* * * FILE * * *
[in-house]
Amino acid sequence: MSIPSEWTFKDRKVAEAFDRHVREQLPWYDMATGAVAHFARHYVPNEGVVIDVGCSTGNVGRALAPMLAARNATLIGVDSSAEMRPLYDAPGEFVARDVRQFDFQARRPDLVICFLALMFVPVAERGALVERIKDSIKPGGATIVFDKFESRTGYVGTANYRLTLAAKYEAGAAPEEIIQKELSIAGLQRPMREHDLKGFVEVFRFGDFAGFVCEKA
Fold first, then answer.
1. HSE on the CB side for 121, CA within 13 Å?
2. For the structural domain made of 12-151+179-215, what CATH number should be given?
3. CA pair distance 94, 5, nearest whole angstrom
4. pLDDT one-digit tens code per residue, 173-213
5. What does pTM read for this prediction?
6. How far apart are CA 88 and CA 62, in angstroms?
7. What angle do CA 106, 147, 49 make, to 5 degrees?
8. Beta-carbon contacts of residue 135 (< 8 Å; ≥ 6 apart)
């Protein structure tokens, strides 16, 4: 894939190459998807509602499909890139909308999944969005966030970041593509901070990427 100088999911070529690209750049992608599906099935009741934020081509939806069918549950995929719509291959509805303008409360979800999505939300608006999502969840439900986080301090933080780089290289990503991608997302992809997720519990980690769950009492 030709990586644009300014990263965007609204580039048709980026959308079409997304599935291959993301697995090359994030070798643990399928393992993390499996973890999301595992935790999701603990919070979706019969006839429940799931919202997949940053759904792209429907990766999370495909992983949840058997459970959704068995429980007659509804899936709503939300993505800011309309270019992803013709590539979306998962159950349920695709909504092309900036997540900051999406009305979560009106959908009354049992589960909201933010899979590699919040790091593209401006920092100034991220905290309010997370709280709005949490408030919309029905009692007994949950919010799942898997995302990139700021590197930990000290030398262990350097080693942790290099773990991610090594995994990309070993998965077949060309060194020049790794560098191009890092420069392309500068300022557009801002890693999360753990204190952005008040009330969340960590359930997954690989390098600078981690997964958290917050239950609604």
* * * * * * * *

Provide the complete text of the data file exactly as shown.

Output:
[in-house]
Amino acid sequence: MSIPSEWTFKDRKVAEAFDRHVREQLPWYDMATGAVAHFARHYVPNEGVVIDVGCSTGNVGRALAPMLAARNATLIGVDSSAEMRPLYDAPGEFVARDVRQFDFQARRPDLVICFLALMFVPVAERGALVERIKDSIKPGGATIVFDKFESRTGYVGTANYRLTLAAKYEAGAAPEEIIQKELSIAGLQRPMREHDLKGFVEVFRFGDFAGFVCEKA
Fold first, then answer.
1. HSE on the CB side for 121, CA within 13 Å?
2. For the structural domain made of 12-151+179-215, what CATH number should be given?
3. CA pair distance 94, 5, nearest whole angstrom
4. pLDDT one-digit tens code per residue, 173-213
5. What does pTM read for this prediction?
6. How far apart are CA 88 and CA 62, in angstroms?
7. What angle do CA 106, 147, 49 make, to 5 degrees?
8. Beta-carbon contacts of residue 135 (< 8 Å; ≥ 6 apart)
């Protein structure tokens, strides 16, 4: 894939190459998807509602499909890139909308999944969005966030970041593509901070990427 100088999911070529690209750049992608599906099935009741934020081509939806069918549950995929719509291959509805303008409360979800999505939300608006999502969840439900986080301090933080780089290289990503991608997302992809997720519990980690769950009492 030709990586644009300014990263965007609204580039048709980026959308079409997304599935291959993301697995090359994030070798643990399928393992993390499996973890999301595992935790999701603990919070979706019969006839429940799931919202997949940053759904792209429907990766999370495909992983949840058997459970959704068995429980007659509804899936709503939300993505800011309309270019992803013709590539979306998962159950349920695709909504092309900036997540900051999406009305979560009106959908009354049992589960909201933010899979590699919040790091593209401006920092100034991220905290309010997370709280709005949490408030919309029905009692007994949950919010799942898997995302990139700021590197930990000290030398262990350097080693942790290099773990991610090594995994990309070993998965077949060309060194020049790794560098191009890092420069392309500068300022557009801002890693999360753990204190952005008040009330969340960590359930997954690989390098600078981690997964958290917050239950609604």